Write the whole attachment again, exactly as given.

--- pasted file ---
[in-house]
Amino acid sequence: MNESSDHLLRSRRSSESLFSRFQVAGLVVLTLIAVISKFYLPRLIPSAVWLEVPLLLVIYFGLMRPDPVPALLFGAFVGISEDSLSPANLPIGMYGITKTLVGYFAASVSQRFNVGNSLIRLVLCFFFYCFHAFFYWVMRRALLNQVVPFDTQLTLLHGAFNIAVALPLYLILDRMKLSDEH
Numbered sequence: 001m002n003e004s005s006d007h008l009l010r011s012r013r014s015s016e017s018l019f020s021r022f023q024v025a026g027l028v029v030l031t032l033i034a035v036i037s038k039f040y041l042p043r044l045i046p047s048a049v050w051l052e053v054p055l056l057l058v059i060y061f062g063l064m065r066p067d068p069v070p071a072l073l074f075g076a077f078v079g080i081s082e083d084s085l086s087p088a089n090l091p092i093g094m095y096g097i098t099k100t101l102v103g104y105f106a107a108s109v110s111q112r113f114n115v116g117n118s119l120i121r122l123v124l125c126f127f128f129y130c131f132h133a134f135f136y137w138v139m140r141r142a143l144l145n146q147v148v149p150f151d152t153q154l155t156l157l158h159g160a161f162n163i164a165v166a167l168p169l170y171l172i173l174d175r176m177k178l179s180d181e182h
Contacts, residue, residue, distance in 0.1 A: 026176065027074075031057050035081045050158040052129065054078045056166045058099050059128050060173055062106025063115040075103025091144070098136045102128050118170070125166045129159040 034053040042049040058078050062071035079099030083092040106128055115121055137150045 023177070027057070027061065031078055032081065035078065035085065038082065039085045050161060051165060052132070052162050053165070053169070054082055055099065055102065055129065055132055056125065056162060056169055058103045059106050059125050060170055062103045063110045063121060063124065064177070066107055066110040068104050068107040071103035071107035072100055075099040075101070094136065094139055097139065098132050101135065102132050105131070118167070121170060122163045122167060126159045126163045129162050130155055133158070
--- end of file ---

[in-house]
Amino acid sequence: MNESSDHLLRSRRSSESLFSRFQVAGLVVLTLIAVISKFYLPRLIPSAVWLEVPLLLVIYFGLMRPDPVPALLFGAFVGISEDSLSPANLPIGMYGITKTLVGYFAASVSQRFNVGNSLIRLVLCFFFYCFHAFFYWVMRRALLNQVVPFDTQLTLLHGAFNIAVALPLYLILDRMKLSDEH
Numbered sequence: 001m002n003e004s005s006d007h008l009l010r011s012r013r014s015s016e017s018l019f020s021r022f023q024v025a026g027l028v029v030l031t032l033i034a035v036i037s038k039f040y041l042p043r044l045i046p047s048a049v050w051l052e053v054p055l056l057l058v059i060y061f062g063l064m065r066p067d068p069v070p071a072l073l074f075g076a077f078v079g080i081s082e083d084s085l086s087p088a089n090l091p092i093g094m095y096g097i098t099k100t101l102v103g104y105f106a107a108s109v110s111q112r113f114n115v116g117n118s119l120i121r122l123v124l125c126f127f128f129y130c131f132h133a134f135f136y137w138v139m140r141r142a143l144l145n146q147v148v149p150f151d152t153q154l155t156l157l158h159g160a161f162n163i164a165v166a167l168p169l170y171l172i173l174d175r176m177k178l179s180d181e182h
Contacts, residue, residue, distance in 0.1 A: 026176065027074075031057050035081045050158040052129065054078045056166045058099050059128050060173055062106025063115040075103025091144070098136045102128050118170070125166045129159040 034053040042049040058078050062071035079099030083092040106128055115121055137150045 023177070027057070027061065031078055032081065035078065035085065038082065039085045050161060051165060052132070052162050053165070053169070054082055055099065055102065055129065055132055056125065056162060056169055058103045059106050059125050060170055062103045063110045063121060063124065064177070066107055066110040068104050068107040071103035071107035072100055075099040075101070094136065094139055097139065098132050101135065102132050105131070118167070121170060122163045122167060126159045126163045129162050130155055133158070